In the spring, both Danvers and St. John’s Prep baseball made state finals, but fell in Division 2 and the Super 8 respectively; and the Marblehead girls lacrosse and Lynnfield girls tennis captured sectional championships, but fell short in their respective state semifinals.

Justin Lewis of Lynn Tech won the state and New England outdoor track high jump titles, and competed at the New Balance Nationals in Greensboro, N.C.

On the collegiate front, former Classical star Hulerie McGuffie, running for UMass Boston, won the NCAA Division III championship in the 400 this spring. And former English left-handed ace Ben Bowden, who already has a College World Series title to his credit, was taken in the second round of the Major League draft by the Colorado Rockies. Also taken in this year’s draft was Swampscott’s Ryan January (Arizona Diamondbacks), St. John’s Prep’s Brandon Bingel (Pittsburgh Pirates) and Peabody’s Pat Ruotolo (San Francisco Giants).

In Little League, the Swampscott boys and Wyoma girls won the District 16 title, but neither made it past the states. The Wyoma girls also won the junior softball district title, but could not make it past the state tournament either. Peabody did win the senior league state championship, but fell in the New England regionals finale.

This fall, two of the area’s football teams, St. Mary’s and Marblehead, reached the Super Bowl earlier this month.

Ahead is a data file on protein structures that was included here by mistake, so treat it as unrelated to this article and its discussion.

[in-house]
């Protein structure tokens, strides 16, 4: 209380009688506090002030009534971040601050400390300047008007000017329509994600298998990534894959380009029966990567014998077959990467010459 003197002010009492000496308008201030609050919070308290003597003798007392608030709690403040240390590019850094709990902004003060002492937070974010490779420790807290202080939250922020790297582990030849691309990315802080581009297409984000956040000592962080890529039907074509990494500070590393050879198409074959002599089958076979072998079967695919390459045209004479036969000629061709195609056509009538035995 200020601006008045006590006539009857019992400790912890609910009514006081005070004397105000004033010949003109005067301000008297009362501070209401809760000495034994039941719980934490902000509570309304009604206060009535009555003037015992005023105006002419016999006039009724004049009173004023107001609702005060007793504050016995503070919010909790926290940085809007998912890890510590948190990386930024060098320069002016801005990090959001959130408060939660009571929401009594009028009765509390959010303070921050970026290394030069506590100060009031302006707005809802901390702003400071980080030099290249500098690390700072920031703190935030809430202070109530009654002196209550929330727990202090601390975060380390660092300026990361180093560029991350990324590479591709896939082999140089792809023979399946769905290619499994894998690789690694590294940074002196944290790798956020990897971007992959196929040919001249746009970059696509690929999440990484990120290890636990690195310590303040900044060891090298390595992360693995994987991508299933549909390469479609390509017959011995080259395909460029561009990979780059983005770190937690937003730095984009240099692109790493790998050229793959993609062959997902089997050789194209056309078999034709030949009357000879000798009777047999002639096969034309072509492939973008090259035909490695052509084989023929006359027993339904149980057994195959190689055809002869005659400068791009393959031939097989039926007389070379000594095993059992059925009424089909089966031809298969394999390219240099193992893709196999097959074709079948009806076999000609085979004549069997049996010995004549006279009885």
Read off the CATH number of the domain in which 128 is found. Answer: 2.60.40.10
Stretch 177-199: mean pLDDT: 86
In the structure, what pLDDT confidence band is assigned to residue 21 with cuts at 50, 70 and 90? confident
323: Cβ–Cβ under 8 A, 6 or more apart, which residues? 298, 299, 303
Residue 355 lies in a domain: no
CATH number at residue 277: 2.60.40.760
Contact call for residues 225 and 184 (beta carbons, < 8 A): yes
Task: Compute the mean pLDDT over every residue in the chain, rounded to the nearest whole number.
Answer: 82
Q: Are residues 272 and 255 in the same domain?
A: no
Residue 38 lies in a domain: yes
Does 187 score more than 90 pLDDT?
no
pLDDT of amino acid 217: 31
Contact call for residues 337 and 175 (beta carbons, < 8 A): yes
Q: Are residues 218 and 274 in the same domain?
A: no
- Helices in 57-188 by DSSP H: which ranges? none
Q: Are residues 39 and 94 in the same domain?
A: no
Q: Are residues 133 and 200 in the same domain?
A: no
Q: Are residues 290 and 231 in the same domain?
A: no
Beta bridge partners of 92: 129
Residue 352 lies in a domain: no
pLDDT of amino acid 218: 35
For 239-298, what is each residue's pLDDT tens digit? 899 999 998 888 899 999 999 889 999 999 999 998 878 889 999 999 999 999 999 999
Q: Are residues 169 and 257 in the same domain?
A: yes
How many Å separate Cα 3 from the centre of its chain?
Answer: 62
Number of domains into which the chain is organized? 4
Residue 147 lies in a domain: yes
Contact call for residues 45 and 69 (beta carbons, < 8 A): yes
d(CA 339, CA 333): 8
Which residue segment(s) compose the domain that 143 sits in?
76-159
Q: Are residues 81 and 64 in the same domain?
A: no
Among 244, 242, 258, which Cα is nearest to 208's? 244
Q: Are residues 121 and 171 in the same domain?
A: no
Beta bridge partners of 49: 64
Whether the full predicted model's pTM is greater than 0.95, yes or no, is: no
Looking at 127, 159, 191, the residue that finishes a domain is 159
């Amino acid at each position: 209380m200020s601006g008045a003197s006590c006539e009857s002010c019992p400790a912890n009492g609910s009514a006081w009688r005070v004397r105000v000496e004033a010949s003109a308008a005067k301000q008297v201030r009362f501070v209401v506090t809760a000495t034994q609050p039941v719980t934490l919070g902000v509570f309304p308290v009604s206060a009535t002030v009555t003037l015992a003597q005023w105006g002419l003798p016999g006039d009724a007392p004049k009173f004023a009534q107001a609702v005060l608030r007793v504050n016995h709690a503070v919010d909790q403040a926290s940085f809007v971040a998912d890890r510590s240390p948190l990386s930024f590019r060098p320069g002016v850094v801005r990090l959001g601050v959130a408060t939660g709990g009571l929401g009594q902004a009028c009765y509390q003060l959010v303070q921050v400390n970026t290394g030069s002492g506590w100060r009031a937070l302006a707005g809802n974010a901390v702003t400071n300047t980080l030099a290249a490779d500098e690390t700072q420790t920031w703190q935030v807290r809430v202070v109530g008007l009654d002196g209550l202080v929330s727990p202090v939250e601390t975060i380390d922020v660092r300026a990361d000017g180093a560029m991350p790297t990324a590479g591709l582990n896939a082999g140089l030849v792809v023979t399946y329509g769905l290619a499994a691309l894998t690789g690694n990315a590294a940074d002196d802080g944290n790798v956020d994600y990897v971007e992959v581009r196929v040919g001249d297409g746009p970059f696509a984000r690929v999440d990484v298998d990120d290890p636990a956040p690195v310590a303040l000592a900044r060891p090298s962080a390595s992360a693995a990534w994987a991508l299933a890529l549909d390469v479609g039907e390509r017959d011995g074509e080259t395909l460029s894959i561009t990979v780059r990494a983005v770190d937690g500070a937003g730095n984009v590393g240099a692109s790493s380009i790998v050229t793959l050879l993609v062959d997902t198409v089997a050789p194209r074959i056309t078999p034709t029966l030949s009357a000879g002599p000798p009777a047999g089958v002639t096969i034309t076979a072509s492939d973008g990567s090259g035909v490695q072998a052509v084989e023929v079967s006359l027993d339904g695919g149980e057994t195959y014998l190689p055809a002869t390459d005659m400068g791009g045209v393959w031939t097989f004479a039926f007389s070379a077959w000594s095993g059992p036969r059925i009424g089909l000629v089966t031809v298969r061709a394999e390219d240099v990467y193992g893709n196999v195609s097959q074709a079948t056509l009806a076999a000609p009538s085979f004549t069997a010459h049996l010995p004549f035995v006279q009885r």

The Spartans went 11-0 before encountering East Bridgewater at Gillette Stadium in Foxborough. St. Mary’s turned the ball over six times and fell to East Bridgewater, 34-8, in the Division 3A Super Bowl. Later that day, Marblehead, which also went 11-0 during the regular season and playoffs, was on the wrong end of the Division 2A Super Bowl, 34-13. Tragically, two players from that Falmouth team — James Lavin and Owen Higgins — died in an auto accident Dec. 22.

In soccer, the St. Mary’s girls made the Division 4 North final, but lost to Amesbury.

Peabody’s Marcelo Rocha won the cross country championship.

In other news, the football season was played with eight divisions this fall instead of six, and due to that, the Divisions and 4A games were played elsewhere. The Division 1 game between Xaverian and Everett occurred at Manning Field in Lynn, with Everett winning easily.

Also on the subject of alignments, the Northeastern Conference voted in June to merge with the four remaining teams in the Greater Boston League, with Everett football playing an independent schedule for the foreseeable future.

In early June, area residents recalled their meetings and experiences with Muhammad Ali after the legendary boxing heavyweight champion died.

By | January 10th, 2017|News|0 Comments

Lynn Babe Ruth Mulls Bid to Host World Series

January 4, 2017
By Journal Staff

By Joyce Erekson

Greater Lynn Babe Ruth is no stranger to playing host to big tournaments. Last summer the New England regionals for 15-year-olds were held in Lynn and over the years, the league has been home to numerous district and state tournaments, both in baseball and softball.